Background: Increasing the percentage of inspiratory time during mechanical ventilation (i.e., inverse inspiratory-expiratory (I:E) ventilation) is frequently used to improve oxygenation in patients with acute respiratory distress syndrome; however, an optimal I:E ratio is unknown. Methods: To assess for an optimal I:E ratio, hemodynamic, ventilatory, and oxygenation parameters were determined in eight adult trauma patients with acute respiratory distress syndrome supported with pressure-control ventilation. An indwelling pulmonary artery catheter facilitated the extensive measurements as I:E ratios were randomly changed between 1:1 and 3:1. Measurements were determined 30 minutes after each change in the I:E ratio. Results: Increasing the percentage of inspiratory time resulted in a progressive increase in arterial oxygenation (p < 0.05) in conjunction with elevations in mean airway pressure (p < 0.05) and a decrease in alveolar- arterial oxygen difference (p < 0.05). Furthermore, progressive reversal of the I:E ratio significantly diminished alveolar ventilation (p < 0.01), with worsening dynamic compliance (p < 0.01). There were no demonstrable changes in hemodynamics. Conclusion: These findings demonstrate the effectiveness of increasing inspiratory time to improve oxygenation, yet to the detriment of ventilation. This suggests that within the parameter confines of this study, the preferential I:E ratio is a balance between oxygen demands and ventilatory requirements.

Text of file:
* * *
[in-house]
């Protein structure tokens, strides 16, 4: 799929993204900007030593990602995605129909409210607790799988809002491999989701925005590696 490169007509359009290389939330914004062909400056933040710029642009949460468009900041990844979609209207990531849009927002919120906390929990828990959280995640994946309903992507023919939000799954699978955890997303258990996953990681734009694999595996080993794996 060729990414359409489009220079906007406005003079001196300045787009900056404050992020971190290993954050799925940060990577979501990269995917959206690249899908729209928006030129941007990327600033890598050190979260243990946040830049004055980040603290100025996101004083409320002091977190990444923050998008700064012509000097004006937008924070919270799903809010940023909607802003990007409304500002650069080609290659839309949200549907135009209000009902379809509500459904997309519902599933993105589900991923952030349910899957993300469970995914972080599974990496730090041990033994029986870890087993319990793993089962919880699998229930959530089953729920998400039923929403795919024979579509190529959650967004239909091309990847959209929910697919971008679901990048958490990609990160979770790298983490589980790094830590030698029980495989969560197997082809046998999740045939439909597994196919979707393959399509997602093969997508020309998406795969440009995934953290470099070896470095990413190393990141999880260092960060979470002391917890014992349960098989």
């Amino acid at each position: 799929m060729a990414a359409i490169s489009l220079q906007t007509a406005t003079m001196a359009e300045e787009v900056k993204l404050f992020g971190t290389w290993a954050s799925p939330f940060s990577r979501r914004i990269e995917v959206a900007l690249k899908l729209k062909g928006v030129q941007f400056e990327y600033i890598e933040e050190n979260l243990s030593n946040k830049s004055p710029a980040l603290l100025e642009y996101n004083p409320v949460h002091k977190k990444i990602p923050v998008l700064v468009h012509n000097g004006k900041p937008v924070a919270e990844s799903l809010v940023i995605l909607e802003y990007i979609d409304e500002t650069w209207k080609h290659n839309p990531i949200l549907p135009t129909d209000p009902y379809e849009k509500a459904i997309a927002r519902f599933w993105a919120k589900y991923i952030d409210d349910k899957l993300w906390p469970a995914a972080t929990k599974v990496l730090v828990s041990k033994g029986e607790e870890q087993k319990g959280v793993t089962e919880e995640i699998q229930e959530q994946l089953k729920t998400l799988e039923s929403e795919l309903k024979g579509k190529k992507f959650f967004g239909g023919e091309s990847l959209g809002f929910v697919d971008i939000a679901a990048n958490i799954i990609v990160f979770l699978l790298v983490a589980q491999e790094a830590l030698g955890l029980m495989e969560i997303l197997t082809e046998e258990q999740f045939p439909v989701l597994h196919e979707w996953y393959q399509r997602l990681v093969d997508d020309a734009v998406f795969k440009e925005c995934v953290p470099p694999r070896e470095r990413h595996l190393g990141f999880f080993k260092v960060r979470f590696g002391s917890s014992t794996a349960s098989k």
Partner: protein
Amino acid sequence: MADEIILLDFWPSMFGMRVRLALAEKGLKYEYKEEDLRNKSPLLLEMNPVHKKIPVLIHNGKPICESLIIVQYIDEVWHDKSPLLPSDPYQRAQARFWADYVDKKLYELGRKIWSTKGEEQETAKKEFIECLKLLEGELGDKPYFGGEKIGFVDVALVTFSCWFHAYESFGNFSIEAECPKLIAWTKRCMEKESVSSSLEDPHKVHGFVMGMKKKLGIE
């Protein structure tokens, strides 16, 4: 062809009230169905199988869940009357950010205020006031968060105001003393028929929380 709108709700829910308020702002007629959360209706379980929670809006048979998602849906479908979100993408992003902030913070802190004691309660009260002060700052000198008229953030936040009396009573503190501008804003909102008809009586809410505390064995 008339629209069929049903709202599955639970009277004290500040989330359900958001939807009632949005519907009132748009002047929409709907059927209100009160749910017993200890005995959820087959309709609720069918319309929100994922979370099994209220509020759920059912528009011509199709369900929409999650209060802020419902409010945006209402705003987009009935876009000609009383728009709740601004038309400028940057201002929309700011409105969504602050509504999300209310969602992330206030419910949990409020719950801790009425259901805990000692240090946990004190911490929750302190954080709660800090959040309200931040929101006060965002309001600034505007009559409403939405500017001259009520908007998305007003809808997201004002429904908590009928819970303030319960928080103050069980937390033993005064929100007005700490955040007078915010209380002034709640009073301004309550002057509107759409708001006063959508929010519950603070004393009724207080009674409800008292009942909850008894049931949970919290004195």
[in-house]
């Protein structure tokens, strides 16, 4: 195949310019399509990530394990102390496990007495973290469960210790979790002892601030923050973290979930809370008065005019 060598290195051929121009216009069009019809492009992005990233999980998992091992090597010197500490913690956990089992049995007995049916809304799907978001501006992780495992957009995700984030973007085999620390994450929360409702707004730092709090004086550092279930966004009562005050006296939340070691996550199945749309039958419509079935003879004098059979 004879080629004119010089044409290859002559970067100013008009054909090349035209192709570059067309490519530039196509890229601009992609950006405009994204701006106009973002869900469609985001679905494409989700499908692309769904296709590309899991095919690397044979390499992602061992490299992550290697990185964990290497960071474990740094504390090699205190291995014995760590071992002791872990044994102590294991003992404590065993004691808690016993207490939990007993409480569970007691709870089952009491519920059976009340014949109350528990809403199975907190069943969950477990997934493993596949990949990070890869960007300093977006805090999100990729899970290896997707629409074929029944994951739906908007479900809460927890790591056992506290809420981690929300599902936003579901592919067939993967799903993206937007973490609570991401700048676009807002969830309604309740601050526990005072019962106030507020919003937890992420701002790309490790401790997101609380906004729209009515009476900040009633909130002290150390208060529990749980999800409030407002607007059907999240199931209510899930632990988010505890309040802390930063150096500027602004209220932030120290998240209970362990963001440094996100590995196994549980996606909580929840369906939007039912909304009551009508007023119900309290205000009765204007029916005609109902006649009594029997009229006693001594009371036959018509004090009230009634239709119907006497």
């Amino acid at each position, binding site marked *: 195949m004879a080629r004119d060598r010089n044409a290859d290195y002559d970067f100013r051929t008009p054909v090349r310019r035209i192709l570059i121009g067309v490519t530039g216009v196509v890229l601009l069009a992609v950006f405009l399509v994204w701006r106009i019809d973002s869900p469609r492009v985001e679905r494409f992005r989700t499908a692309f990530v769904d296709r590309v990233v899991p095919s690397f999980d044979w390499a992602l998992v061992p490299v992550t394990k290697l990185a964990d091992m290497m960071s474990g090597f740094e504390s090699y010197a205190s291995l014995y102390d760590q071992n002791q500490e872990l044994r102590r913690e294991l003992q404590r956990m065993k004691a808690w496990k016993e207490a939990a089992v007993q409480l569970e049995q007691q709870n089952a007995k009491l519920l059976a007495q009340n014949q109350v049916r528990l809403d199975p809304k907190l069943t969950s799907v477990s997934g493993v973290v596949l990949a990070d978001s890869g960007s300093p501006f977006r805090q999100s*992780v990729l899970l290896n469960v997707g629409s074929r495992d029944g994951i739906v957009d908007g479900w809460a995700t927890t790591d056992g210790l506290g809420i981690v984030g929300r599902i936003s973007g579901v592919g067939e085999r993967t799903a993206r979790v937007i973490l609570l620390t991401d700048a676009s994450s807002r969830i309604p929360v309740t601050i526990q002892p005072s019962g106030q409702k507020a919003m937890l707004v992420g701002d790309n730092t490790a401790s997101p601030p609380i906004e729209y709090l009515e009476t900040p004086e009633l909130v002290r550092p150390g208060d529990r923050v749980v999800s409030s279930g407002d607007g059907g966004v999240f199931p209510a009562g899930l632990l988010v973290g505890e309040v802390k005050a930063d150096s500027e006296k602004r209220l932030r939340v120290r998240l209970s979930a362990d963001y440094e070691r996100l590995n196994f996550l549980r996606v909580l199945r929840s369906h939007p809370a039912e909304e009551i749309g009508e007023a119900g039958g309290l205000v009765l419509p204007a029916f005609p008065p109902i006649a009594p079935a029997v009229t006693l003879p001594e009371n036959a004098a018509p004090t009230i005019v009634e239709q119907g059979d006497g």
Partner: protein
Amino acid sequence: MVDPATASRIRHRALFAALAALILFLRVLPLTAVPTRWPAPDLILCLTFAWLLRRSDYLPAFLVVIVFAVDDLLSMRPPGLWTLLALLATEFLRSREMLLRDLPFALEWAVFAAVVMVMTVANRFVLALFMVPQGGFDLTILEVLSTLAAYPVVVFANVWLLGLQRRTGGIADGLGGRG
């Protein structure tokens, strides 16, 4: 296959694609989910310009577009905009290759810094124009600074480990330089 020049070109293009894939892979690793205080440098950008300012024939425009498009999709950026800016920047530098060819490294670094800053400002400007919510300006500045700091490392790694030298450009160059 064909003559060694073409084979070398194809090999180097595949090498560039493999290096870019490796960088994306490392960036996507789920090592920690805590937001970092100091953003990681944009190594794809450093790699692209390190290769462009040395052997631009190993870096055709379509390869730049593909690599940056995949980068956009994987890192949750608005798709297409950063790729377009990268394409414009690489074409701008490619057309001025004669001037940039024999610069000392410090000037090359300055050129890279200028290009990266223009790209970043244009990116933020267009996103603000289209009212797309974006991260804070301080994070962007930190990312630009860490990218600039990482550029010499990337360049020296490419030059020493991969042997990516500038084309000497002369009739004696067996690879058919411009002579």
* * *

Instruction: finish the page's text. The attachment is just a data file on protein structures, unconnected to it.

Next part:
|Original language||English (US)|
|Number of pages||5|
|Journal||Journal of Trauma - Injury, Infection and Critical Care|
|State||Published - Aug 1998|
- Pressure-control ventilation
ASJC Scopus subject areas
- Critical Care and Intensive Care Medicine